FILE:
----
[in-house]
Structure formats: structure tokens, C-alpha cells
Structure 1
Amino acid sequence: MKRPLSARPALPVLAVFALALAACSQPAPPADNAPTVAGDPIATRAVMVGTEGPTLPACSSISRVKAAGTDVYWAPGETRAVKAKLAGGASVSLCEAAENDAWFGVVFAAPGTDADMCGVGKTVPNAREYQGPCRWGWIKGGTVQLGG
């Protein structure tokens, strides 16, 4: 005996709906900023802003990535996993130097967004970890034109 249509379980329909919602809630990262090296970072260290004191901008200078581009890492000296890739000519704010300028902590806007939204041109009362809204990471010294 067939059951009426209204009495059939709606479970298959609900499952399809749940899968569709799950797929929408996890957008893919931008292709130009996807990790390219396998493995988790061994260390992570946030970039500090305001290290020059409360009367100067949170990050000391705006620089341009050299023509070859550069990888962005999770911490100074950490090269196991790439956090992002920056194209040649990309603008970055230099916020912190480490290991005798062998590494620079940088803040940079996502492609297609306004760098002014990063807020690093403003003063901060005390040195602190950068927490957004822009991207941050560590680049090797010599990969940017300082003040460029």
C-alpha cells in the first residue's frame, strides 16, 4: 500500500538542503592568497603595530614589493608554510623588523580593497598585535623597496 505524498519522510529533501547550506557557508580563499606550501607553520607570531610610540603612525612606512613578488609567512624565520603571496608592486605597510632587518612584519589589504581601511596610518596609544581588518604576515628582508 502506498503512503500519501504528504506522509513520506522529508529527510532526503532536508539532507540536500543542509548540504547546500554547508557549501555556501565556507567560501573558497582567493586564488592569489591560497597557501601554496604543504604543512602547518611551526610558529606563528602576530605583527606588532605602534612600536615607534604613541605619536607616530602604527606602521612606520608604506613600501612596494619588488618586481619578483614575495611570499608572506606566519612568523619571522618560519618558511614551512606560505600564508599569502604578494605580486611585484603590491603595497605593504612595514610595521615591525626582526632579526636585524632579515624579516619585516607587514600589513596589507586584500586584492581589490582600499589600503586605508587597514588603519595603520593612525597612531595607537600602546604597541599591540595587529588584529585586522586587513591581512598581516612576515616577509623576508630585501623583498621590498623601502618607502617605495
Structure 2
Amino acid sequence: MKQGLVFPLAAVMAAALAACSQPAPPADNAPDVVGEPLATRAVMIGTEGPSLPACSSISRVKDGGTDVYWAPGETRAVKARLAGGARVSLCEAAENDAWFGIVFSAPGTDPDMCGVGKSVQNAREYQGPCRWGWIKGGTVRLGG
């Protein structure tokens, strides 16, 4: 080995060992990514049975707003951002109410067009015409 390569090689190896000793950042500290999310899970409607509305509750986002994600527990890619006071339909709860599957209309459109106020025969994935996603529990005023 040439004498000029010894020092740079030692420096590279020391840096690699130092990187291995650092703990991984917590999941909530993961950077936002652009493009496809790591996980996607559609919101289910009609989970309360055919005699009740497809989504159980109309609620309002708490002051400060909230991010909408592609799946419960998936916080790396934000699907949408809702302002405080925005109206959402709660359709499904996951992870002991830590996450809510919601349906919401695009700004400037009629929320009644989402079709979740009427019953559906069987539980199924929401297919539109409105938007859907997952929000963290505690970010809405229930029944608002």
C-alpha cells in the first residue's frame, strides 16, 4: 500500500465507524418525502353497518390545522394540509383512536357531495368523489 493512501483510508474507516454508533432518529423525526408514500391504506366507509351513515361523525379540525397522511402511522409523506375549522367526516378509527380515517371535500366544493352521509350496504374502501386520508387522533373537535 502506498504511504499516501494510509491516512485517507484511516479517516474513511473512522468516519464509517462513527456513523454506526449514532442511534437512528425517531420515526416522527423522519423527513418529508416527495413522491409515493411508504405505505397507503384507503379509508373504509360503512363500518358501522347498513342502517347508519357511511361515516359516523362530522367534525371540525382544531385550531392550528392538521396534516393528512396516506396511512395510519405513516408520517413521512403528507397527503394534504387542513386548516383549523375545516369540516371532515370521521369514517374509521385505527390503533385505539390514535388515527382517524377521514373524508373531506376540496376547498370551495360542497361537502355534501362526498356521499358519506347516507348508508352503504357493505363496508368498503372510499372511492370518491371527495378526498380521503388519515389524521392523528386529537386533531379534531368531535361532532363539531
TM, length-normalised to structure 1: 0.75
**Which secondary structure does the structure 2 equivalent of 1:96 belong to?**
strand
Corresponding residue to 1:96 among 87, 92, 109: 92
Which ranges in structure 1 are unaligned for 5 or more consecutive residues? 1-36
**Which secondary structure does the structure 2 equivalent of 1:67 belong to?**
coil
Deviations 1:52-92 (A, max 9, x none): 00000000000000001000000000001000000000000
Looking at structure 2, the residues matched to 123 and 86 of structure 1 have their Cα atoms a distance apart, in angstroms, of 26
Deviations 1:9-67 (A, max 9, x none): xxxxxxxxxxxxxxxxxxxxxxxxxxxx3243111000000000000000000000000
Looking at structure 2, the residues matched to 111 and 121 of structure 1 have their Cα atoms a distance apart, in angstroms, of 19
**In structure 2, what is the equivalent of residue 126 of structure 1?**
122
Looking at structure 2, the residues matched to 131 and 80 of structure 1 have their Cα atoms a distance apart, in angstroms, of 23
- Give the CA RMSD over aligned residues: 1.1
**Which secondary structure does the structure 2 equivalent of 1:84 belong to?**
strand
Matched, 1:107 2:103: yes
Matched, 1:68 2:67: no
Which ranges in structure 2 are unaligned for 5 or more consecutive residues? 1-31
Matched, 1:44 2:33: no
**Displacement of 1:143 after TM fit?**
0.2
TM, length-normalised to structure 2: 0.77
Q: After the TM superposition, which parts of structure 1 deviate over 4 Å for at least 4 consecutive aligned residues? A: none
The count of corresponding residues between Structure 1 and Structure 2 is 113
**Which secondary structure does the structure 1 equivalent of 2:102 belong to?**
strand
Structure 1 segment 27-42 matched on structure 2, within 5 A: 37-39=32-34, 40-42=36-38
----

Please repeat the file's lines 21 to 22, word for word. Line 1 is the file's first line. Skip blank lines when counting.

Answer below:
Looking at structure 2, the residues matched to 111 and 121 of structure 1 have their Cα atoms a distance apart, in angstroms, of 19
**In structure 2, what is the equivalent of residue 126 of structure 1?**